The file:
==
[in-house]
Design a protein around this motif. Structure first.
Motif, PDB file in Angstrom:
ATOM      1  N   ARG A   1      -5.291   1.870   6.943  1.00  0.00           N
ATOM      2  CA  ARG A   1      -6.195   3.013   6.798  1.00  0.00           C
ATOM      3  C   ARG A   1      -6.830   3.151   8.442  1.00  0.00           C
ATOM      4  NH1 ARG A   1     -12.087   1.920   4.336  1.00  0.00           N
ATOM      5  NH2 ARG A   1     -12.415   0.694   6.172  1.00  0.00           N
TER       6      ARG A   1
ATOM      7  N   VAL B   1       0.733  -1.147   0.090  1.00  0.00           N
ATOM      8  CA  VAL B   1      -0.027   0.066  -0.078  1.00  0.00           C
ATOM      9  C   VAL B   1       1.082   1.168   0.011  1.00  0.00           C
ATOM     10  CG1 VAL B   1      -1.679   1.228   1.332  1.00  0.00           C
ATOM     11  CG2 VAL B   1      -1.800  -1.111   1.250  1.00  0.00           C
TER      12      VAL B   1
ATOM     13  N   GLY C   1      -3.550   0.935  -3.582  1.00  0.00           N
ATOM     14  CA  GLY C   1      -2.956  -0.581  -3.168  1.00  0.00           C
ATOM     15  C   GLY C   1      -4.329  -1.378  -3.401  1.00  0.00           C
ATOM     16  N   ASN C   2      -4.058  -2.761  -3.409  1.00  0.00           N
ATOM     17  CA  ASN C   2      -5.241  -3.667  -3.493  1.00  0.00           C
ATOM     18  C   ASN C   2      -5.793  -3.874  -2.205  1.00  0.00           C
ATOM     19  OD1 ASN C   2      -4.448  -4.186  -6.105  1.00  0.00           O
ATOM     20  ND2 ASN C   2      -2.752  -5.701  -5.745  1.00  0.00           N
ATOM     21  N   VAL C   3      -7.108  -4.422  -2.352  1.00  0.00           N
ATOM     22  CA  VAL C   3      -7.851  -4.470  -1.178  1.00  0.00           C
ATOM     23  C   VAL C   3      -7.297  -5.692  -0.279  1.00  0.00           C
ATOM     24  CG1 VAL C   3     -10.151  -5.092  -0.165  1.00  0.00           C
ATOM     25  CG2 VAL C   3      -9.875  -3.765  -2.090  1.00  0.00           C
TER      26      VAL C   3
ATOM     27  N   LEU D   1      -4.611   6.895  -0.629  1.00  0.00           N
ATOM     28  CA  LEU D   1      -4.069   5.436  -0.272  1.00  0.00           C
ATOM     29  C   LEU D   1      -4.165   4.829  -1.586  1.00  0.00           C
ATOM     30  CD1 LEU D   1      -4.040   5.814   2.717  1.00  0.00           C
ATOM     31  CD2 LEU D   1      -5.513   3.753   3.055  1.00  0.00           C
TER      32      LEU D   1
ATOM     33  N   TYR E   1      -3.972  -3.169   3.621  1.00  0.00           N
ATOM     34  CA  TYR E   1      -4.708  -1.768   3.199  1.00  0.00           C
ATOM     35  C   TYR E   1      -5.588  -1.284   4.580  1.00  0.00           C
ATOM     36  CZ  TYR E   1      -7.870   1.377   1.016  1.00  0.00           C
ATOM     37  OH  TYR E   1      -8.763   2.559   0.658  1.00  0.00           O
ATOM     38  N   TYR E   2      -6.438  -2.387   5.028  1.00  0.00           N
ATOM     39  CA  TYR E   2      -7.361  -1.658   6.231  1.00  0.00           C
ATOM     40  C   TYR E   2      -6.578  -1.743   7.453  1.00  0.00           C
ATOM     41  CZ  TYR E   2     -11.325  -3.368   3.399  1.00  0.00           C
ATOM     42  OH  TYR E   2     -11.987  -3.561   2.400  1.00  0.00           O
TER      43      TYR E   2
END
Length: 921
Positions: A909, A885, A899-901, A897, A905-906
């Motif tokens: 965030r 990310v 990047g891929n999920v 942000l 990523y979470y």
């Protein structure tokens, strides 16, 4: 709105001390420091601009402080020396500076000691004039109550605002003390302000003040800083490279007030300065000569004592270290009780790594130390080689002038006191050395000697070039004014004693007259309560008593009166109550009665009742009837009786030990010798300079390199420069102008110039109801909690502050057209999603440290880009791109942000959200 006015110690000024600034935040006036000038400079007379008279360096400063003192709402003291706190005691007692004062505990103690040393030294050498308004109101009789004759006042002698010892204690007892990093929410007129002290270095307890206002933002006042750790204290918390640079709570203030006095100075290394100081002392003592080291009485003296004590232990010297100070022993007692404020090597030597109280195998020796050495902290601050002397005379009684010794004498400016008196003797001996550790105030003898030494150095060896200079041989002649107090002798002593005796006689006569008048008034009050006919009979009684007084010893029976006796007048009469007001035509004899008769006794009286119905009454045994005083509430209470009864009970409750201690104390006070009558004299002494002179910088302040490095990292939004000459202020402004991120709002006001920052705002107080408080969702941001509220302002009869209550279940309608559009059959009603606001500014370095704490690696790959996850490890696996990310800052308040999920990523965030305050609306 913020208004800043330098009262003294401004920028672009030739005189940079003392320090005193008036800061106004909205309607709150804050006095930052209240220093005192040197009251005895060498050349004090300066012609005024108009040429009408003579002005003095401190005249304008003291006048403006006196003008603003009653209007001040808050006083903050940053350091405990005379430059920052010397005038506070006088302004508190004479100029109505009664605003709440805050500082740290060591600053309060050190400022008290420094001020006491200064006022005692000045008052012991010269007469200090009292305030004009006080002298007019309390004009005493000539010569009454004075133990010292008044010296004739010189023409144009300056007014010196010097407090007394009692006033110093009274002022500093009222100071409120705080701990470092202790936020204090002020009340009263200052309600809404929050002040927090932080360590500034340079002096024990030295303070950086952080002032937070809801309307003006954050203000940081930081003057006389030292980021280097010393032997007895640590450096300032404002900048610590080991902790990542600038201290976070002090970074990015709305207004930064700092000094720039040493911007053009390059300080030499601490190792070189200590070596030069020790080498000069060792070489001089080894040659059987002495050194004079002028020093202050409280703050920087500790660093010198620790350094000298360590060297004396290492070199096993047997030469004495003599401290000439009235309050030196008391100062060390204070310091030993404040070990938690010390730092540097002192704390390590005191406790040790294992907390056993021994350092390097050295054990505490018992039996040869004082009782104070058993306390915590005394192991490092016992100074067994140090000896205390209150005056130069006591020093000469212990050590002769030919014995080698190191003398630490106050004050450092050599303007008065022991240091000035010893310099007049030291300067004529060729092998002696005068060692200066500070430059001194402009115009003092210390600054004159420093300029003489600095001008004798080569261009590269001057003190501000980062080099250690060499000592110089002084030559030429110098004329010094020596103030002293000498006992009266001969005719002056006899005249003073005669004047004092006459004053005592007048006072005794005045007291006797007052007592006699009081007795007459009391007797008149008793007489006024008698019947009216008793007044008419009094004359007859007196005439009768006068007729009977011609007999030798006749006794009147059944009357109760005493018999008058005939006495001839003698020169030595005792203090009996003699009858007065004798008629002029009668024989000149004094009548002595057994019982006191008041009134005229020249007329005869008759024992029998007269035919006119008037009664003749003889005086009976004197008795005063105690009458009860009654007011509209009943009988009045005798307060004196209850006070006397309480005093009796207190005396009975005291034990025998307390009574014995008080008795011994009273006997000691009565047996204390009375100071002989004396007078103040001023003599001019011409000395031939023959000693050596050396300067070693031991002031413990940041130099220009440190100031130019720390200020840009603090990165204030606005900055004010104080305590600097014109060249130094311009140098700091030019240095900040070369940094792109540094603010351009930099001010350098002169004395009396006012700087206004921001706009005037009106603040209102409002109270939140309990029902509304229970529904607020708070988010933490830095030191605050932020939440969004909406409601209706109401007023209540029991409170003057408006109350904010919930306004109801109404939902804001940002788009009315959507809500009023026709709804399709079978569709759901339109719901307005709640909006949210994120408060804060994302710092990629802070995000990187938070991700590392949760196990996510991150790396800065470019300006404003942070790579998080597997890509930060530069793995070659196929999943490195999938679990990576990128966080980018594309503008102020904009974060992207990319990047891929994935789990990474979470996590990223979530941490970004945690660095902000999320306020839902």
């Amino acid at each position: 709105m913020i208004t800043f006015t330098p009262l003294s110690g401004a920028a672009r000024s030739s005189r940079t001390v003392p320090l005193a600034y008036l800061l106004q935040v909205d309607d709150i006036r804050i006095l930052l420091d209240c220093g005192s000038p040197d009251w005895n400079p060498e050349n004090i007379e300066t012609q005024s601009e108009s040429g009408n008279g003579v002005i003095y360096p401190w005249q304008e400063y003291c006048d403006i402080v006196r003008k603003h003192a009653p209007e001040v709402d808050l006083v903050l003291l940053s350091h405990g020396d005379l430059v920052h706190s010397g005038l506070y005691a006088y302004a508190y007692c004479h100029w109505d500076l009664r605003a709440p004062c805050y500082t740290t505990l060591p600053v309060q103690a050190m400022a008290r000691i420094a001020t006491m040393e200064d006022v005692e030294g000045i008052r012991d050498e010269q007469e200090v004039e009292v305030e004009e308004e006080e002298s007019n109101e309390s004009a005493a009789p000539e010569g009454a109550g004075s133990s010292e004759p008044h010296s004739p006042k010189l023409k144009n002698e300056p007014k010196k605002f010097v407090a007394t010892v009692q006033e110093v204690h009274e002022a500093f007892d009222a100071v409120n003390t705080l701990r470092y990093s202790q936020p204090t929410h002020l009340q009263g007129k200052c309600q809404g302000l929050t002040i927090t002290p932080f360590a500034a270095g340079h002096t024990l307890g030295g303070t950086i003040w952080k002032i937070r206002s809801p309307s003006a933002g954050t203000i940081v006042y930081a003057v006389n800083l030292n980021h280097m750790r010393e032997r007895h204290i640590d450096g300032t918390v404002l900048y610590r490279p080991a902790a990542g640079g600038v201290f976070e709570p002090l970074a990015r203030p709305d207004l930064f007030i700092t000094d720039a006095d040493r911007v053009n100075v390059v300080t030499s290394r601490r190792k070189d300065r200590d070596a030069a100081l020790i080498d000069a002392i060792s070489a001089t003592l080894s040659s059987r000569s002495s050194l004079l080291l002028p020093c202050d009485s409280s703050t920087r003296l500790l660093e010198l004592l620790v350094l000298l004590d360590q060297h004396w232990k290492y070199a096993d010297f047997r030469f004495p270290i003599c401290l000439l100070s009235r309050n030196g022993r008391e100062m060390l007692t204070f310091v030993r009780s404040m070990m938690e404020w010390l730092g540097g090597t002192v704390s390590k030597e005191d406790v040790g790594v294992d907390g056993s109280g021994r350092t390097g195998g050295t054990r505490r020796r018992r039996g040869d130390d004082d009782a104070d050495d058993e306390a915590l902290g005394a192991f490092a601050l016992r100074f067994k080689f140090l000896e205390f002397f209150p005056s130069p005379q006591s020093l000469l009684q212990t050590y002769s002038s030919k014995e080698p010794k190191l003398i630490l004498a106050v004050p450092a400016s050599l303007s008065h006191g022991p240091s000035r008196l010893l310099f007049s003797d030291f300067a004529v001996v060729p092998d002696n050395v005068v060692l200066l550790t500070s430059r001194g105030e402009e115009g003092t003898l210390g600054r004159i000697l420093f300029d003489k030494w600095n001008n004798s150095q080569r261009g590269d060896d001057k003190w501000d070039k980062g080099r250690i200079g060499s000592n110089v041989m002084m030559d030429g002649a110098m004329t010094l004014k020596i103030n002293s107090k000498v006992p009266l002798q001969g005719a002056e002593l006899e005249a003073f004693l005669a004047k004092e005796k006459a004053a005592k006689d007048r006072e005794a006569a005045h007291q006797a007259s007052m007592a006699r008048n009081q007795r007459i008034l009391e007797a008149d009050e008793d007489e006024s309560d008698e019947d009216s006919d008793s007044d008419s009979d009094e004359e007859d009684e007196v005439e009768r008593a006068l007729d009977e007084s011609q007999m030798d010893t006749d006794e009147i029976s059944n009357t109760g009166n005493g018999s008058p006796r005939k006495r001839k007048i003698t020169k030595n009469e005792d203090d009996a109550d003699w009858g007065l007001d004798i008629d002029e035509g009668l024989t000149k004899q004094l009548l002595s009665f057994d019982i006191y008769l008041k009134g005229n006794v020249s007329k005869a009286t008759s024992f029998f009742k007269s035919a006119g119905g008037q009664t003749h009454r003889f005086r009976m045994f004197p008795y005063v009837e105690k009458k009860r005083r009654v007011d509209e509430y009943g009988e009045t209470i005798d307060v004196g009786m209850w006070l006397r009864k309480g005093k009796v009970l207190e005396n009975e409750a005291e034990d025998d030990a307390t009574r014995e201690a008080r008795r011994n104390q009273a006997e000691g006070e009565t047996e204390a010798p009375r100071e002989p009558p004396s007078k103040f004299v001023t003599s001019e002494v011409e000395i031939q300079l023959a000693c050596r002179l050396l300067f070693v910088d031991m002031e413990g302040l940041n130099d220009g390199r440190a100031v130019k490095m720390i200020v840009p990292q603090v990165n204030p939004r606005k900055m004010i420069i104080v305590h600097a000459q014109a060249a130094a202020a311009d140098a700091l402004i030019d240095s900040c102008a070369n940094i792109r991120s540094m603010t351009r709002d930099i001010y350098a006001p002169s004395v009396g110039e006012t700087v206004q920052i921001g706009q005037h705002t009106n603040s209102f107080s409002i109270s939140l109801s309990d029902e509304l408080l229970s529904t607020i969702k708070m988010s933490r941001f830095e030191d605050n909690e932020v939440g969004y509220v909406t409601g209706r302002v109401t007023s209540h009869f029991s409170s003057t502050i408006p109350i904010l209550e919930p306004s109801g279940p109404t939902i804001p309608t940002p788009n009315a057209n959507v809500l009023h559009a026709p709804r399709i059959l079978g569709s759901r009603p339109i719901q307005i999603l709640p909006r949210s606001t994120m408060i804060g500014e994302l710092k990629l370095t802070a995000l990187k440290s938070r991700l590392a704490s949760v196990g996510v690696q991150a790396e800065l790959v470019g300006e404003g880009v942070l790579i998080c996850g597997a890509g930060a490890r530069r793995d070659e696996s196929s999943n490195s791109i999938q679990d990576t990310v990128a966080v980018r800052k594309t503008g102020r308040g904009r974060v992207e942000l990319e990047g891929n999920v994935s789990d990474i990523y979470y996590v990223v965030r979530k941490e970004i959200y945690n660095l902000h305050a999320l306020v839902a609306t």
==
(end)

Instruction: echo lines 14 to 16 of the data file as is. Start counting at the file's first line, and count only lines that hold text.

ATOM     11  CG2 VAL B   1      -1.800  -1.111   1.250  1.00  0.00           C
TER      12      VAL B   1
ATOM     13  N   GLY C   1      -3.550   0.935  -3.582  1.00  0.00           N